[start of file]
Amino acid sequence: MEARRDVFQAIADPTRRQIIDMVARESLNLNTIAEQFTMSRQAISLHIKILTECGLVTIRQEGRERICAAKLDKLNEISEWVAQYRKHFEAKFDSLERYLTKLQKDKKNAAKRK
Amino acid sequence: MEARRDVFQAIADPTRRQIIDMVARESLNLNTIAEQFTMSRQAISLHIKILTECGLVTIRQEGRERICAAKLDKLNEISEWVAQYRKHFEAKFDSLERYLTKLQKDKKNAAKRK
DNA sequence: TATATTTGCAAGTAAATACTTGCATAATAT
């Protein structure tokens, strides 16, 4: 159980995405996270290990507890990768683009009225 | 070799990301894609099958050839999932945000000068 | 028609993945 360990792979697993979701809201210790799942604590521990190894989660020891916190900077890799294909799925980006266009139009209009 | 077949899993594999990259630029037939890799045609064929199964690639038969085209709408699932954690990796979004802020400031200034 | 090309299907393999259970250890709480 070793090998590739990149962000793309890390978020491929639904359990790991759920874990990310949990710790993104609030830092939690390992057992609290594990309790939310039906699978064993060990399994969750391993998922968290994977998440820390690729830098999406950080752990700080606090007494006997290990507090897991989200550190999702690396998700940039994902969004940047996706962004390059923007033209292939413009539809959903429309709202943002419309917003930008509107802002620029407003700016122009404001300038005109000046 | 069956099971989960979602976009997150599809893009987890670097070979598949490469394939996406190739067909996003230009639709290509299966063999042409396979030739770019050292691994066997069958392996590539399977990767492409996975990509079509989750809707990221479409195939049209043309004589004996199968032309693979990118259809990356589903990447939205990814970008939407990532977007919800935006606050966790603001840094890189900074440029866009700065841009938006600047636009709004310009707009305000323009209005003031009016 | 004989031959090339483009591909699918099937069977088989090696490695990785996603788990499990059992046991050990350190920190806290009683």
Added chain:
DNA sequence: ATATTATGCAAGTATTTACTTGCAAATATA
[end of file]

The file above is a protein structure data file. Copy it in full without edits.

Amino acid sequence: MEARRDVFQAIADPTRRQIIDMVARESLNLNTIAEQFTMSRQAISLHIKILTECGLVTIRQEGRERICAAKLDKLNEISEWVAQYRKHFEAKFDSLERYLTKLQKDKKNAAKRK
Amino acid sequence: MEARRDVFQAIADPTRRQIIDMVARESLNLNTIAEQFTMSRQAISLHIKILTECGLVTIRQEGRERICAAKLDKLNEISEWVAQYRKHFEAKFDSLERYLTKLQKDKKNAAKRK
DNA sequence: TATATTTGCAAGTAAATACTTGCATAATAT
């Protein structure tokens, strides 16, 4: 159980995405996270290990507890990768683009009225 | 070799990301894609099958050839999932945000000068 | 028609993945 360990792979697993979701809201210790799942604590521990190894989660020891916190900077890799294909799925980006266009139009209009 | 077949899993594999990259630029037939890799045609064929199964690639038969085209709408699932954690990796979004802020400031200034 | 090309299907393999259970250890709480 070793090998590739990149962000793309890390978020491929639904359990790991759920874990990310949990710790993104609030830092939690390992057992609290594990309790939310039906699978064993060990399994969750391993998922968290994977998440820390690729830098999406950080752990700080606090007494006997290990507090897991989200550190999702690396998700940039994902969004940047996706962004390059923007033209292939413009539809959903429309709202943002419309917003930008509107802002620029407003700016122009404001300038005109000046 | 069956099971989960979602976009997150599809893009987890670097070979598949490469394939996406190739067909996003230009639709290509299966063999042409396979030739770019050292691994066997069958392996590539399977990767492409996975990509079509989750809707990221479409195939049209043309004589004996199968032309693979990118259809990356589903990447939205990814970008939407990532977007919800935006606050966790603001840094890189900074440029866009700065841009938006600047636009709004310009707009305000323009209005003031009016 | 004989031959090339483009591909699918099937069977088989090696490695990785996603788990499990059992046991050990350190920190806290009683």
Added chain:
DNA sequence: ATATTATGCAAGTATTTACTTGCAAATATA